I started my undergraduate career in Brazil.
The college admissions process was much more straightforward — I took a single test that determined whether I’d get in or not. My GPA and extracurriculars were irrelevant. Affirmative action there was transparent, with a fixed number of seats set aside for Brazilian minorities and Indigenous applicants.
I got into a public university. Tuition was zero Brazilian reais. Had I graduated from there, I would have had no debt whatsoever.
To many, this sounds like a dream: a transparent and meritocratic process that results in no student loans.
Yet six months after matriculating in Brazil, I subjected myself to a painful holistic process and tens of thousands of dollars in student loan debt to go to an American university instead.
People are rightfully up in arms about two of the Supreme Court rulings last week related to higher education. One prohibited race-conscious affirmative action, while the other blocked President Joe Biden’s plans for student loan forgiveness.
First, I must share the obvious: Being a student in the United States is preferable to pretty much any other alternative in the world, and the U.S. has the highest international student population by far. The opaque admissions process and student loans are the price we pay for the “best” postsecondary education system in the world.
Second, people misunderstand the role the courts play in American life, including student life.
The federal court system is not a directly democratic institution. The courts do not exist to enforce what is popular according to public opinion. Quite the contrary, the Supreme Court must often stare down intimidating majorities when deciding its most notable cases, such as desegregating schools and legalizing same-sex marriage. Neither decision enjoyed majority support at the time it was released.
I had mixed feelings on the recent opinions myself.
While I agree with the court that the executive branch cannot legally make a decision on student loan debt, I’d be lying if I said I didn’t want $10,000 in loan forgiveness.
I also think affirmative action was fine the way it was. I don’t like the fixed quota system, as that has clearly failed Brazilian schools. But I also think schools need some tools to account for the upsetting — and often racial — inequality in our country.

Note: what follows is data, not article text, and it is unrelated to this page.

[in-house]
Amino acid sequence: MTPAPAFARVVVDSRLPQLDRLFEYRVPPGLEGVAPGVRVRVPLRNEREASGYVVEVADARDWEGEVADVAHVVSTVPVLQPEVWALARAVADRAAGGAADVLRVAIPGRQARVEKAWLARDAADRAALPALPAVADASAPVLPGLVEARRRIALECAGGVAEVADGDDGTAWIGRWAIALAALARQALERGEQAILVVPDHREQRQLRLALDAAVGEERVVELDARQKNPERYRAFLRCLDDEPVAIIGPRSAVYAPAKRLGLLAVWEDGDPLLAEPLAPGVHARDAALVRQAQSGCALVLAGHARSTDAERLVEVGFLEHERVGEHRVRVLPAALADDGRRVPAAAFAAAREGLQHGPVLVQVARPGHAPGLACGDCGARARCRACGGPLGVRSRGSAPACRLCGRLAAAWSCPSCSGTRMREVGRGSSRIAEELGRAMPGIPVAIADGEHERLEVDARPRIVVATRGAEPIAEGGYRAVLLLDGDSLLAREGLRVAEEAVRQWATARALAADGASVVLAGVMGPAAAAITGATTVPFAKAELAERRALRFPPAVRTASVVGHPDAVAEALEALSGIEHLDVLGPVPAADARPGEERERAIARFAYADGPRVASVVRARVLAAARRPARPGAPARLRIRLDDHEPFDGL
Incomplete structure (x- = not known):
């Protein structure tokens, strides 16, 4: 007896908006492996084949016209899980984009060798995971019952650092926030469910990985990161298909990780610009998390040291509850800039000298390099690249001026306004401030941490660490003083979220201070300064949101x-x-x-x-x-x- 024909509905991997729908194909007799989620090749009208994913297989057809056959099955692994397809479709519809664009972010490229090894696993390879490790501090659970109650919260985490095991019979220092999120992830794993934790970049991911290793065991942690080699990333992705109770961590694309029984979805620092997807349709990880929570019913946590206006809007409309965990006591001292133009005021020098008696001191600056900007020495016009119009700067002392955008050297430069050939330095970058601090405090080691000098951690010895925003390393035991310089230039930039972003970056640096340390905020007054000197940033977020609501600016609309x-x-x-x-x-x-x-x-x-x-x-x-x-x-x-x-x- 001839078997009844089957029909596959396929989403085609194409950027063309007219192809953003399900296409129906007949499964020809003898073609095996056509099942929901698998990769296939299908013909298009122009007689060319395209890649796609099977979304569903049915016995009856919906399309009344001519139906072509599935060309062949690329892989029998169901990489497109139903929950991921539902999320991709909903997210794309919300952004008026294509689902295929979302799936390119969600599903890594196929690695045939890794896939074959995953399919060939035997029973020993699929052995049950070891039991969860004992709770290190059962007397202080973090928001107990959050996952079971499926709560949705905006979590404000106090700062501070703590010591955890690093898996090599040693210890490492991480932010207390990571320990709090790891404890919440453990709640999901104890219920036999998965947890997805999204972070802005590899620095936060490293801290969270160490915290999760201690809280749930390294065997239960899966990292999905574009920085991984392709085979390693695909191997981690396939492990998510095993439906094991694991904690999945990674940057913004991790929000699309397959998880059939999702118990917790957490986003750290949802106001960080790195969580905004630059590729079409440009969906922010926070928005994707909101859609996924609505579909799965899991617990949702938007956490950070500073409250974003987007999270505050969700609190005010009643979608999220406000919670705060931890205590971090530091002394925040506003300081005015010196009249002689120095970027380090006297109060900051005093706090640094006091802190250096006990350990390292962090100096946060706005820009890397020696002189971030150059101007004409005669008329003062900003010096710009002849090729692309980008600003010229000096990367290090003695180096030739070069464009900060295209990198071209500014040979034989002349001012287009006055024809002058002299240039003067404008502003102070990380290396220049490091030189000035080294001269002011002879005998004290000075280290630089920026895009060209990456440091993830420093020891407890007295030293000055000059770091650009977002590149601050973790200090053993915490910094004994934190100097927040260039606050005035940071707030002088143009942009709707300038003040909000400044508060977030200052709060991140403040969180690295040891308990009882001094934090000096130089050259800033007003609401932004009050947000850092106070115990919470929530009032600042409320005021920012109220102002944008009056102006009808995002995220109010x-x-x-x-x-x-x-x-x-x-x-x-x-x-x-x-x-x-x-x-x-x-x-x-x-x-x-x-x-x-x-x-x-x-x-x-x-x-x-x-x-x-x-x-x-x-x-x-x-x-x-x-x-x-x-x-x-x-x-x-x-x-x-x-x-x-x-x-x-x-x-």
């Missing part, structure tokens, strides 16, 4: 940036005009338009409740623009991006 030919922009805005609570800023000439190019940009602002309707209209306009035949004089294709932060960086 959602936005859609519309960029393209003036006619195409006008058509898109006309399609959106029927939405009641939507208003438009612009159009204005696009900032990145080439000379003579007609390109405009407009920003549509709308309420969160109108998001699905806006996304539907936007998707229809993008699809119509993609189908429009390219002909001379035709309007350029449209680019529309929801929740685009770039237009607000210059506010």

However, I understand that the court is a nonpartisan, unelected branch of government that exists to interpret the law by adjudicating cases — by design. Therefore, I accept these rulings.
Too many excitable critics on the left, right and center swing back and forth between their opinions on the nature of the court. One week they’re the honorable justices, and by the next week, they’re unelected attorneys. Some days they are “Federalist Society hacks,” while other days they are the most diverse court in history. Depending on the day, they are activists, wise elders, misogynists, super legislators, religious zealots and legal superstars. We’ve heard it all.
If you listen closely, the cynics are taking turns sharing a common grievance: The court ruled in a way I personally and subjectively disagreed with.
But even as a relatively nondemocratic institution, the court has been vindicated many times before. This is true especially in the realm of education — Brown v. Board of Education of Topeka is the most obvious example.
The first relevant case about affirmative action, though, came out of our very own UC system. University of California v. Bakke was a 1977 ruling that allowed for race-conscious admissions but prohibited fixed quotas. In 1996, California’s Proposition 209 prohibiting race and sex consideration in public employment and education passed by a margin of 55 to 45. This was affirmed in the 2020 election when Proposition 16, which would’ve repealed Proposition 209, failed to pass by a margin of 57 to 42.
The Supreme Court maintained the individualist framework from Bakke in two 2003 Michigan cases: Gratz v. Bollinger and Grutter v. Bollinger. The same thing happened in Michigan as in California: A ballot referendum — Proposition 2 — passed, and Affirmative Action was outlawed by a vote of 58 to 42.
The American people have erred on the side of individuality and meritocracy when left to a vote, even as it has culturally embraced racial and cultural diversity.
To be fair to schools, admissions is hard to get right because it lies at the intersection of academia, law, equality, equity, meritocracy, justice and personal identity.
It’s inevitable that some current practices, such as legacy admissions and student-athletes, become controversial. This is the same system responsible for the infuriating Varsity Blues scandal, where rich parents bought their children’s ways into “elite” schools.
Admissions affects us all. I experienced two different systems: the American system that prioritizes holistic individualism and the Brazilian system that focuses on objective, quantitative measurements. Neither is necessarily better, though we can always look to change things.
And now we have an answer on what the rules are. It’s an opportunity to go back to the drawing board and work on the issues we care about.